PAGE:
A wine expert’s acute sense of taste may mean that expert ratings and recommendations are irrelevant to wine consumers who were not born with the ability to discern small differences in a broad range of tastes, according to a team of international researchers.
“What we found is that the fundamental taste ability of an expert is different,” said John Hayes, assistant professor, food science, and director of Penn State’s sensory evaluation center. “And, if an expert’s ability to taste is different from the rest of us, should we be listening to their recommendations?”
In a taste test, wine experts showed more sensitivity to tastes than average wine consumers.
Hayes said that the participants sampled an odorless chemical — propylthiouracil — that is used to measure a person’s reaction to bitter tastes. People with acute tasting ability will find the chemical — also referred to as PROB, or probe — extremely bitter, while people with normal tasting abilities say it has a slightly bitter taste, or is tasteless.
The researchers, who reported their findings in the current issue of the American Journal of Enology and Viticulture, said that wine experts were significantly more likely to find the chemical more bitter than non-experts.
“Just like people can be color blind, they can also be taste blind,” said Hayes.
Hayes, who worked with Gary Pickering, professor of biological sciences and psychology/wine science, Brock University, Ontario, Canada, said that the acute taste of wine experts may mean that expert recommendations in wine magazines and journals may be too subtle for average wine drinkers to sense.
The researchers also found that people who were more adventurous in trying new foods were also more willing to drink new types of wines and alcoholic beverages, but this food adventurousness did not necessarily predict wine expertise. While wine experts were more likely to try new wines and alcoholic beverages, Hayes said they were not more likely to try new foods.
Wine critics typically rate wines on a 100-point quality scale that incorporates a range of characteristics, including tartness, sweetness and fruitiness, varietal typicity and over all liking, among others. Their descriptions of the wines can be specific, highlighting grapefruit or grassy notes, or the balance of sugar and acid. However, according to Hayes, average wine consumers probably cannot discern these subtle differences between wines. While prior experience matters, biology seems to play a role.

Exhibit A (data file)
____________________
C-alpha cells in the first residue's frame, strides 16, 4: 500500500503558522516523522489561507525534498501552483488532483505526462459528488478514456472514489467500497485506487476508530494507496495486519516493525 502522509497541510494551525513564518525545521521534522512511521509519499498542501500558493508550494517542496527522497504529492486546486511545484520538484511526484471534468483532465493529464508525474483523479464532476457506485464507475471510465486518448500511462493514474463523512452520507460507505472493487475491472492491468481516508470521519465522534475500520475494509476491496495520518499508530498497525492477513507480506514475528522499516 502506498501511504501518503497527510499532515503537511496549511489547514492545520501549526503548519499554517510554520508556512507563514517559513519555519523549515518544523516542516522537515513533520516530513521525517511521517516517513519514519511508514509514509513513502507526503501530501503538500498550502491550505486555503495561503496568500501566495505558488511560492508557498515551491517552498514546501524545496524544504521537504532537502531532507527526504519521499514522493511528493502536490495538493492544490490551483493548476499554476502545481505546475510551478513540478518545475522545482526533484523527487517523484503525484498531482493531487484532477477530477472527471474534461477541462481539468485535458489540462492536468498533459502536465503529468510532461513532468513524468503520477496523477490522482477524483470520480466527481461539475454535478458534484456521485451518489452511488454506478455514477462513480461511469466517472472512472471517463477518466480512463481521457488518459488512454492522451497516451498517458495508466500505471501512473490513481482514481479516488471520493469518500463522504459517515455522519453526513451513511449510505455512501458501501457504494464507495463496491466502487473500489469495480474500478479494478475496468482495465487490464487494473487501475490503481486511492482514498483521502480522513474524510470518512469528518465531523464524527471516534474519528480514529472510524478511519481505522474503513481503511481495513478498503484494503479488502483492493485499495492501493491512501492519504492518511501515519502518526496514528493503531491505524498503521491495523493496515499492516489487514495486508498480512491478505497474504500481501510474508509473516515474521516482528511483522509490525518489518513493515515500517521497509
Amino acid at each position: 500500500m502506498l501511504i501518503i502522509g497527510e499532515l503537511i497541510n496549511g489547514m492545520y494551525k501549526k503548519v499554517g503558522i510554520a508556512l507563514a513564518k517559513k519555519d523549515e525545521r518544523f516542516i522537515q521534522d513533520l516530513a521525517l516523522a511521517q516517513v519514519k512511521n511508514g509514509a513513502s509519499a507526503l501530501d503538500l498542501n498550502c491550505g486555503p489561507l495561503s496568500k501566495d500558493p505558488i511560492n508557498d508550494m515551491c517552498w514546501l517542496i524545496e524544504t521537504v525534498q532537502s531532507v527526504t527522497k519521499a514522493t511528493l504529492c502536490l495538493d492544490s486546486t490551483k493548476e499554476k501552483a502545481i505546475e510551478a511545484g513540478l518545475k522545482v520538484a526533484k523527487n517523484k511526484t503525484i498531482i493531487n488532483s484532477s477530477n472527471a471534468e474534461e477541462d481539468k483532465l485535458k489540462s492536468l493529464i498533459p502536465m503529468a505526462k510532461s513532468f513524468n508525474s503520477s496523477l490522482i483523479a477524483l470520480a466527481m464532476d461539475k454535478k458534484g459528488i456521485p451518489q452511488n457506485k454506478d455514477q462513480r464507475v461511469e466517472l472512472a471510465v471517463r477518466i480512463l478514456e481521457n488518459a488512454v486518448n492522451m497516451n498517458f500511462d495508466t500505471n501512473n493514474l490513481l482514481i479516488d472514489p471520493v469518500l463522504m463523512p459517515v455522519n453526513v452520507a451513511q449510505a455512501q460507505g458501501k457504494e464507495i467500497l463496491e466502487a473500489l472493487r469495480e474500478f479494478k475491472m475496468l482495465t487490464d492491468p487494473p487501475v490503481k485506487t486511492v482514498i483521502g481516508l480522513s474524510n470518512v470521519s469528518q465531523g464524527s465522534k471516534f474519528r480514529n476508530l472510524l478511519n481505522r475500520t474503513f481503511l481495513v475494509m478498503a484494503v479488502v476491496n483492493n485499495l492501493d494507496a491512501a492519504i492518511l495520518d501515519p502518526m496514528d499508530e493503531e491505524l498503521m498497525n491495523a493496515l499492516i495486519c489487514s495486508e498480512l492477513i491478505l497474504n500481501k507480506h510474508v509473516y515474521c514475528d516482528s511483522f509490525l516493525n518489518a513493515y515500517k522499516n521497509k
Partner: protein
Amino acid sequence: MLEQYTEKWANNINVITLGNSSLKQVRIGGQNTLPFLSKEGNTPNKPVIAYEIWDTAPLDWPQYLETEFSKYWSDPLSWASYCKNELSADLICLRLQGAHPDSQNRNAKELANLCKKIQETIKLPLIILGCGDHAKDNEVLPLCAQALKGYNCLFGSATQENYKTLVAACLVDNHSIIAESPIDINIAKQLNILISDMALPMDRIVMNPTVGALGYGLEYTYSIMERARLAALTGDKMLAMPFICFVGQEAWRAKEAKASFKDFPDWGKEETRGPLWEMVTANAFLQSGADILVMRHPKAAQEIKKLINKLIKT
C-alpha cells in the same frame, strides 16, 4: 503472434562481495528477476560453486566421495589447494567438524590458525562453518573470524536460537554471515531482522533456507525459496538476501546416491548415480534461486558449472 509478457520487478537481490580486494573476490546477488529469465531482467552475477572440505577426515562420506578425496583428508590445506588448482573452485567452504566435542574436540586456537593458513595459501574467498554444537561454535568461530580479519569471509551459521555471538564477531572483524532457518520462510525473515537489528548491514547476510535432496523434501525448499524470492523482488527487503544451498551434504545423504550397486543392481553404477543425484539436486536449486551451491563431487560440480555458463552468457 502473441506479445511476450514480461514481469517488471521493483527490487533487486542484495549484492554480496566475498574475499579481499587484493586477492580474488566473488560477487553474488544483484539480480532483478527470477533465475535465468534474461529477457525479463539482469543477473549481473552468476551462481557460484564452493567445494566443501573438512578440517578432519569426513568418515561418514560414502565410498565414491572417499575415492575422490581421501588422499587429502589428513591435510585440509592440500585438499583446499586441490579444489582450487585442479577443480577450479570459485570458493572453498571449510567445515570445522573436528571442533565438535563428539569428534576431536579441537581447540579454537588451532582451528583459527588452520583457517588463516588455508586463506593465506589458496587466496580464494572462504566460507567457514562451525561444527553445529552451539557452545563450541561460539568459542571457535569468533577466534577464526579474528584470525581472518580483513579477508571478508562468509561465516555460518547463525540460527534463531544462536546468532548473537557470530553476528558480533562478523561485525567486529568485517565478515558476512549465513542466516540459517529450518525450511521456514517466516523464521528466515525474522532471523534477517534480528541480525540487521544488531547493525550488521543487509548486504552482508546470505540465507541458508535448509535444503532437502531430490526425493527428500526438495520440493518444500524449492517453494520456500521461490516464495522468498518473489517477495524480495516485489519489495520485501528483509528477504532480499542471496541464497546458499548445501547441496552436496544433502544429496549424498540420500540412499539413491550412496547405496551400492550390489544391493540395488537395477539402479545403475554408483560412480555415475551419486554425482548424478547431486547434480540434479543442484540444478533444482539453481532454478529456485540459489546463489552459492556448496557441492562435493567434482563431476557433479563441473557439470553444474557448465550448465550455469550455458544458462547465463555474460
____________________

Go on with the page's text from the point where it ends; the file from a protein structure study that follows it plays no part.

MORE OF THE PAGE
Prior to the taste test, the researchers passed out short questionnaires to determine the involvement in the wine industry of 330 participants at wine-tasting events in Ontario. Based on the answers to the questionnaire, they divided the people into two groups: wine consumers and wine experts. Approximately 110 of the participants indicated that they were professional winemakers, wine writers, liquor control agents and wine judges and were classified as wine experts. The researchers classified all the other participants as non-experts.
“Statistically, the two groups were very different in how they tasted our bitter probe compound,” said Hayes.
Hayes said that previous studies have shown that biological factors may explain the acute taste of experts. Many wine experts may be drawn to careers in the wine industry based on their enhanced ability to taste. While learning plays a role in their expertise and other factors matter, such as how they communicate their thoughts and opinions on wines, some wine experts may have an innate advantage in learning to discern small differences in wine.
“It’s not just learning,” said Hayes. “Experts also appear to differ at a biological level.”
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